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Efficient utilization of human resources is imperative for information technology (IT) service businesses that continually manage the assignment and movement of practitioners to or between projects. These organizations constantly strive to balance the many objectives of multiple stakeholders in order to minimize idle resources while aiming to increase revenue from new project opportunities, as well as to improve the quality of practitioners assigned to each project. However, these various objectives conflict, so we can only hope to achieve an aggregated form of these disparate objectives. This emphasizes the need for a well-designed decision support system. Such a system will facilitate optimal assignment of practitioners to projects while minimizing the overheads involved in a multiuser decision-making environment. Here, “optimal” refers to maximizing certain aggregated attributes of the various matches made with respect to the system. The term “user” refers to the decision makers who assign employees to various projects. The system comprises a text-matching module, a business logic module, an optimization module, and a user interface (UI) module. Key innovations include translating the business objectives into optimization criteria to be solved using integer programming, incorporating individual user preferences into the optimization, and encapsulating user experience into the matching logic. Additional innovations include those in text analytics to differentiate skill and nonskill terms and a UI design that helps users understand the relative global optimality of each recommendation in familiar terms while influencing decisions made independently by individual users in a way that collectively leads to organizationally optimal outcomes. We also explain the role of decision support in implementing job-rotation and cross-training programs for practitioners. Finally, we share our experiences in the development and deployment of this system- - in an IT service company and describe areas where further work is needed.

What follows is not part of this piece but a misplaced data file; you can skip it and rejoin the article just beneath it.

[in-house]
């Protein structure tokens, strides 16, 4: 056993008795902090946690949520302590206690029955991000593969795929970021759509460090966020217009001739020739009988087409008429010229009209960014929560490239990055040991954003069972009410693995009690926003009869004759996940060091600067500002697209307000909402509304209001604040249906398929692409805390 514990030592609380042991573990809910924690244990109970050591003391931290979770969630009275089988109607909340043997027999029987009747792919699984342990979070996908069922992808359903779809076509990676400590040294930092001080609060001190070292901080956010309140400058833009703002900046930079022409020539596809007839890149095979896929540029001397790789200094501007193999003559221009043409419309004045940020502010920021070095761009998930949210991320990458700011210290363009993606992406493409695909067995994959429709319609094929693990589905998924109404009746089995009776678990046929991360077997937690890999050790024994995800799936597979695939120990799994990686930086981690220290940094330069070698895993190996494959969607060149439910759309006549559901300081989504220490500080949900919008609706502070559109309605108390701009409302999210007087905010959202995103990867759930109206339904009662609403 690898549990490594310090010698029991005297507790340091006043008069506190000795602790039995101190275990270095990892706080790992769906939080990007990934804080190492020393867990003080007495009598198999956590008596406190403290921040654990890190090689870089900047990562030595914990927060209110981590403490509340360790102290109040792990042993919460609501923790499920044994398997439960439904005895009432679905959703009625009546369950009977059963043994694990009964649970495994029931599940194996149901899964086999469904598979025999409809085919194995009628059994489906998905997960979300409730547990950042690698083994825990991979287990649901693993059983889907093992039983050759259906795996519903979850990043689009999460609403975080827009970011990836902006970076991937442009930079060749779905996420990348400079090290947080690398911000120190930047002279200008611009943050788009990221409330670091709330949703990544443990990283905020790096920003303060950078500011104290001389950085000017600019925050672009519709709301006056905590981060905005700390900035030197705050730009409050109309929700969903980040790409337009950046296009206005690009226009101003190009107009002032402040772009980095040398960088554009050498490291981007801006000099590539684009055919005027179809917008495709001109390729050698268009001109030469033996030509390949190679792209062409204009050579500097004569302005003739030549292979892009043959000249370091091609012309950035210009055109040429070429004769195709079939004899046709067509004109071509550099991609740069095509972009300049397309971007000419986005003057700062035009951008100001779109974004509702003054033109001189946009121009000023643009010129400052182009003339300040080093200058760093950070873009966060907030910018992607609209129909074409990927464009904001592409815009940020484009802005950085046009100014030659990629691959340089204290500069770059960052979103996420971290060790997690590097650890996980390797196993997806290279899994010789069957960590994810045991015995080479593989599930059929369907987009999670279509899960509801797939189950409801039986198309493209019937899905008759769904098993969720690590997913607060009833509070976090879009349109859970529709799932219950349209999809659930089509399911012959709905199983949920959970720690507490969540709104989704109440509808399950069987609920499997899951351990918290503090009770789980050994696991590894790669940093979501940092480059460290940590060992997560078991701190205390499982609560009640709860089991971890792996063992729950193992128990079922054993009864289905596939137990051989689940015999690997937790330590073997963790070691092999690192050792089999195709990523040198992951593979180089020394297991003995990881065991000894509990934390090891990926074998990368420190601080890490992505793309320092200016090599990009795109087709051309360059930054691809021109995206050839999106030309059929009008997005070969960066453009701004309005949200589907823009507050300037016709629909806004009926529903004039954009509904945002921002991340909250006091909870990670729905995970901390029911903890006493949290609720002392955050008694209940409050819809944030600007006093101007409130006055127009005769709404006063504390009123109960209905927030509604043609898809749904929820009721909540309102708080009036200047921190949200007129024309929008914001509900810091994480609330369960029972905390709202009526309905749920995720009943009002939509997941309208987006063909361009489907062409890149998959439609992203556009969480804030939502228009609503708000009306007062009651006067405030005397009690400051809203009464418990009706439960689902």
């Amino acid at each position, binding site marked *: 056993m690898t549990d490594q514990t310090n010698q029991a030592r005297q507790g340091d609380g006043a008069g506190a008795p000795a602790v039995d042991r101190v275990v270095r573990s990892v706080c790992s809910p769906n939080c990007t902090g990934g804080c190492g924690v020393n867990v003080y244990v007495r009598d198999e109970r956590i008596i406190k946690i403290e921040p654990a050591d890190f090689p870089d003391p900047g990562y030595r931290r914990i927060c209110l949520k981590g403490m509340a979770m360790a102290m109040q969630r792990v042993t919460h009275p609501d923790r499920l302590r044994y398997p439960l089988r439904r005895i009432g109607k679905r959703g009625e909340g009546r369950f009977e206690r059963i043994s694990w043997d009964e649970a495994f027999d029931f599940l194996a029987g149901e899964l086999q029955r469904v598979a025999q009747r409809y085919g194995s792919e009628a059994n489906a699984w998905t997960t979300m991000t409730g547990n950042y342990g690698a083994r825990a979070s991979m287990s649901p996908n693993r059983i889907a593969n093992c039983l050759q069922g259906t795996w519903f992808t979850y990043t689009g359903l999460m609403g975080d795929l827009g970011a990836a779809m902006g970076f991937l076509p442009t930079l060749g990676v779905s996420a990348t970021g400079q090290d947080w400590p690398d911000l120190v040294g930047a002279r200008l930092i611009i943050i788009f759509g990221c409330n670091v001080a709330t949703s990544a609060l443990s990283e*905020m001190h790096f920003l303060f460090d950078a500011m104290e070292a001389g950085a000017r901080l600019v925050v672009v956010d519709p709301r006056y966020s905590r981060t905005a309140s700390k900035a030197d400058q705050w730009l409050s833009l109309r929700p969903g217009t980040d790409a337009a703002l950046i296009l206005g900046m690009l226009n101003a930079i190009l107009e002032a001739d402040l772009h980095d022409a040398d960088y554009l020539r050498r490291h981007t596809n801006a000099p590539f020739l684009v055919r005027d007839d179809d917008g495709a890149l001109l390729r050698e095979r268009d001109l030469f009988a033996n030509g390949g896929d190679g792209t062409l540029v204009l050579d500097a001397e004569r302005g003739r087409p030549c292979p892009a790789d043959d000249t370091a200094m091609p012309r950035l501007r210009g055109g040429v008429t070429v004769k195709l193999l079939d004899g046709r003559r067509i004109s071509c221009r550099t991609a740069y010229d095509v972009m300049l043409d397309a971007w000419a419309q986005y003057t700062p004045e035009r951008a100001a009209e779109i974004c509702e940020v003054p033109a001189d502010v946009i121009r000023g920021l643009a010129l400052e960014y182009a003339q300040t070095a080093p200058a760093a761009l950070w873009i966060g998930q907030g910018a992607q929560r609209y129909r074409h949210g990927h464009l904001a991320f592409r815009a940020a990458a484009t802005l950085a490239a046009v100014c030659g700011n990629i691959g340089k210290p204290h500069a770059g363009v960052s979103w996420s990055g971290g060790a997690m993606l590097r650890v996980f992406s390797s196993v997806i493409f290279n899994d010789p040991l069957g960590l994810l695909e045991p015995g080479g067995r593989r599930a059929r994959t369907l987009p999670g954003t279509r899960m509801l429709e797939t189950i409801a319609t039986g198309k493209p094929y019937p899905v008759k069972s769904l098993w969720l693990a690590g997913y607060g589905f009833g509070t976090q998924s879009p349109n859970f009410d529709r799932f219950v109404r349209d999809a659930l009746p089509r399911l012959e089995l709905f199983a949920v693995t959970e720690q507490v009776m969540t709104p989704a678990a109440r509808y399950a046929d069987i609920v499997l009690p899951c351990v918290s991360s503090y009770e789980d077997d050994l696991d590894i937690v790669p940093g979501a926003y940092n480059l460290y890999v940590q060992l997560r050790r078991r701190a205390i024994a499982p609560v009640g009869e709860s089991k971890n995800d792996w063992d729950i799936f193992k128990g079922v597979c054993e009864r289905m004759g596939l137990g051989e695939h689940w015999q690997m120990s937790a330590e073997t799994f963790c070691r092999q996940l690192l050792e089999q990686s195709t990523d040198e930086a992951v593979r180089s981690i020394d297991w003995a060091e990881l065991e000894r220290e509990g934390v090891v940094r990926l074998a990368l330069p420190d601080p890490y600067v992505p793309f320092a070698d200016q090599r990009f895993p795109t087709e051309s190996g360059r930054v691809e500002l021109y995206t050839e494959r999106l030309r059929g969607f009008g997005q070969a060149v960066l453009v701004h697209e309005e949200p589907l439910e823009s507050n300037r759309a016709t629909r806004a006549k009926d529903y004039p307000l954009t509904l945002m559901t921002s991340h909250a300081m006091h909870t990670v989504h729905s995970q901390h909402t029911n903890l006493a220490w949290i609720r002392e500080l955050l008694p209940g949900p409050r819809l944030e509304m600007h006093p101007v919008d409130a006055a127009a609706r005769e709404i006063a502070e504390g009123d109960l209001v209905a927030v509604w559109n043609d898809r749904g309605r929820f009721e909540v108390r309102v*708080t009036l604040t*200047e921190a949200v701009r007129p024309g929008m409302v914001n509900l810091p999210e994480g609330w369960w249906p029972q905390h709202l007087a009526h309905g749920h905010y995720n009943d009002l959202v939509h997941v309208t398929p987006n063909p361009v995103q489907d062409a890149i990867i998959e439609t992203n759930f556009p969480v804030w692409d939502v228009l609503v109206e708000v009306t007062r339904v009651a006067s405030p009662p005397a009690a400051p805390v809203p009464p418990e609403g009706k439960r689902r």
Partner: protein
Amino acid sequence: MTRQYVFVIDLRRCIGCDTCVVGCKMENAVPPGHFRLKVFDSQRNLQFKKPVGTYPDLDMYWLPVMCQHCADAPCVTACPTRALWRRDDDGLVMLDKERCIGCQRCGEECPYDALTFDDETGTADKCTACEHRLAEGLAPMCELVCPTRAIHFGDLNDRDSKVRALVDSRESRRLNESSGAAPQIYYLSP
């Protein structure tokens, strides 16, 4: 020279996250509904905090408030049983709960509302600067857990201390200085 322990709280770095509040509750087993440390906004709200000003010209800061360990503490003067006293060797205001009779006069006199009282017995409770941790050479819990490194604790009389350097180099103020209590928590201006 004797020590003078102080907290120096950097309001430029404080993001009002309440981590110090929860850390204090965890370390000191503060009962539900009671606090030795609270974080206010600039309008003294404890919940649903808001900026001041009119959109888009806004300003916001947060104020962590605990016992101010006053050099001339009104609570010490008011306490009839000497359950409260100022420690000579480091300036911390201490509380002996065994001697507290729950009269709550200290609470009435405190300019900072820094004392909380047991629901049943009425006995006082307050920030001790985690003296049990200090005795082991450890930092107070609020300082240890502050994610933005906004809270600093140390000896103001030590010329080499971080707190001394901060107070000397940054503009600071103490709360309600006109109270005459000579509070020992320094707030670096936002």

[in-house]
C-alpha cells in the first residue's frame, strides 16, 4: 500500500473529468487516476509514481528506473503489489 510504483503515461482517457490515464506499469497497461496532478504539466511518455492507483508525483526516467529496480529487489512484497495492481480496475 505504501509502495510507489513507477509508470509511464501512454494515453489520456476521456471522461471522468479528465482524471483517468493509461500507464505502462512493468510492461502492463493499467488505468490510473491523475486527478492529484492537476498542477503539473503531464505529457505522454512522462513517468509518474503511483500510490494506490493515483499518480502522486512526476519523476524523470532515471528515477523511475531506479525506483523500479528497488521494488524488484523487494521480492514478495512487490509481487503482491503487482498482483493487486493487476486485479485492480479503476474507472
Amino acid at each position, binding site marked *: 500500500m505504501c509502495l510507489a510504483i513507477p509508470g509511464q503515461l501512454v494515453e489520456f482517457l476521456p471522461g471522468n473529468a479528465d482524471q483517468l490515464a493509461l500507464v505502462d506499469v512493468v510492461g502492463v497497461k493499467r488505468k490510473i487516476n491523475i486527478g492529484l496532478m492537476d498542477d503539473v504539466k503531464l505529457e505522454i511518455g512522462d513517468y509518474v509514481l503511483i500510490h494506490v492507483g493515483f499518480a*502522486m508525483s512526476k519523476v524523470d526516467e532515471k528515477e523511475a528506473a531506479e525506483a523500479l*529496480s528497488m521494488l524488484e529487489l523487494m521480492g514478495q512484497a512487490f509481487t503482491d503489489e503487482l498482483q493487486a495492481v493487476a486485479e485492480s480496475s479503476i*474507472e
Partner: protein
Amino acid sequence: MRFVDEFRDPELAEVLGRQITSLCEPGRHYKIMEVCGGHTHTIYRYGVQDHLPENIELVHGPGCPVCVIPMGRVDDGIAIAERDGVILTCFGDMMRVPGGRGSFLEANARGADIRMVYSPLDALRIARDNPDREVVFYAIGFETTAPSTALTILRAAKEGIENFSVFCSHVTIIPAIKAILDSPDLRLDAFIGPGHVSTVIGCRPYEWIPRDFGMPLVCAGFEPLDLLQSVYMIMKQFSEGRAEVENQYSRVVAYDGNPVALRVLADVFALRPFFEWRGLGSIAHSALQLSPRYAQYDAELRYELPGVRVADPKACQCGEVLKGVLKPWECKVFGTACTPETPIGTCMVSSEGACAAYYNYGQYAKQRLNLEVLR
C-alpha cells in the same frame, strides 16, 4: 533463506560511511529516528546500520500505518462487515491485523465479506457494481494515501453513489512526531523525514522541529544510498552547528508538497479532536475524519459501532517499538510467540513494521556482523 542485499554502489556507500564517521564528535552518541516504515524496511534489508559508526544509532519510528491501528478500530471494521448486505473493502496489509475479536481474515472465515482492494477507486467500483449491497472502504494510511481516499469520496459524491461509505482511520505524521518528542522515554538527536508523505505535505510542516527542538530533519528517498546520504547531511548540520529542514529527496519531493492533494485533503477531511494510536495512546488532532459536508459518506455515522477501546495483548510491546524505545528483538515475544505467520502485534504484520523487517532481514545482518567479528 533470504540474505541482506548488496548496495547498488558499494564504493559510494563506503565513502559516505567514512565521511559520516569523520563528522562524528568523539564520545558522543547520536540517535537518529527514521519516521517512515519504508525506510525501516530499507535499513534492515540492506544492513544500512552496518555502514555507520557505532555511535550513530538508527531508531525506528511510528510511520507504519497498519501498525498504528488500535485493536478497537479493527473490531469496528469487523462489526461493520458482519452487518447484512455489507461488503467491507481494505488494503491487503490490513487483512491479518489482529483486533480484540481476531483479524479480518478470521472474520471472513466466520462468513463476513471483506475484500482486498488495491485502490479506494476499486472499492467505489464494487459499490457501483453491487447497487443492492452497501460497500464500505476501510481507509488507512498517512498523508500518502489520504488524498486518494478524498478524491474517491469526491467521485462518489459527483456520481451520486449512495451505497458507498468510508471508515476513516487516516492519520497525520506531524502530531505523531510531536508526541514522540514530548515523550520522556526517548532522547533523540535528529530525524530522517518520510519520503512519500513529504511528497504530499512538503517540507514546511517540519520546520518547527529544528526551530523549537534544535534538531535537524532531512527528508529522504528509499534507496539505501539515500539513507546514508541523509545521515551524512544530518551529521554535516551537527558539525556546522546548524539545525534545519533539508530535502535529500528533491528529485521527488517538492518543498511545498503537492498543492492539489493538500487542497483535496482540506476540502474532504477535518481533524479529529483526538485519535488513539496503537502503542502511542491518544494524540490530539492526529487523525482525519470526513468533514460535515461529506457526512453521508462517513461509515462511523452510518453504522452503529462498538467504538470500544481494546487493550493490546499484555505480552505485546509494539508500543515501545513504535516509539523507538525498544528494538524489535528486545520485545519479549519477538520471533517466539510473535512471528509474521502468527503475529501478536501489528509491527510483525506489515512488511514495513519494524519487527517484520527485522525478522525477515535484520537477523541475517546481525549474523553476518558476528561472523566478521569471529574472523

Date of Publication: Nov.-Dec. 2010